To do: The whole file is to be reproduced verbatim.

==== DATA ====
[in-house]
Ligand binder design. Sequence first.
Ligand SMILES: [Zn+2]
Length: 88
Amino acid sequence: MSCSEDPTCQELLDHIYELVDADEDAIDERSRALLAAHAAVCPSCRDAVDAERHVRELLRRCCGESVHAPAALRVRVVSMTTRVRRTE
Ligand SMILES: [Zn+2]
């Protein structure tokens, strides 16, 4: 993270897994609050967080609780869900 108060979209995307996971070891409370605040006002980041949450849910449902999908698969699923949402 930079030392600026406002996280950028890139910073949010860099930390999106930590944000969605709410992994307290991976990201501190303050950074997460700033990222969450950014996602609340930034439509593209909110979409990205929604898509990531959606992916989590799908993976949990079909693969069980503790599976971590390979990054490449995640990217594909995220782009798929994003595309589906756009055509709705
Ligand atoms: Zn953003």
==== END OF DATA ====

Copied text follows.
[in-house]
Ligand binder design. Sequence first.
Ligand SMILES: [Zn+2]
Length: 88
Amino acid sequence: MSCSEDPTCQELLDHIYELVDADEDAIDERSRALLAAHAAVCPSCRDAVDAERHVRELLRRCCGESVHAPAALRVRVVSMTTRVRRTE
Ligand SMILES: [Zn+2]
């Protein structure tokens, strides 16, 4: 993270897994609050967080609780869900 108060979209995307996971070891409370605040006002980041949450849910449902999908698969699923949402 930079030392600026406002996280950028890139910073949010860099930390999106930590944000969605709410992994307290991976990201501190303050950074997460700033990222969450950014996602609340930034439509593209909110979409990205929604898509990531959606992916989590799908993976949990079909693969069980503790599976971590390979990054490449995640990217594909995220782009798929994003595309589906756009055509709705
Ligand atoms: Zn953003």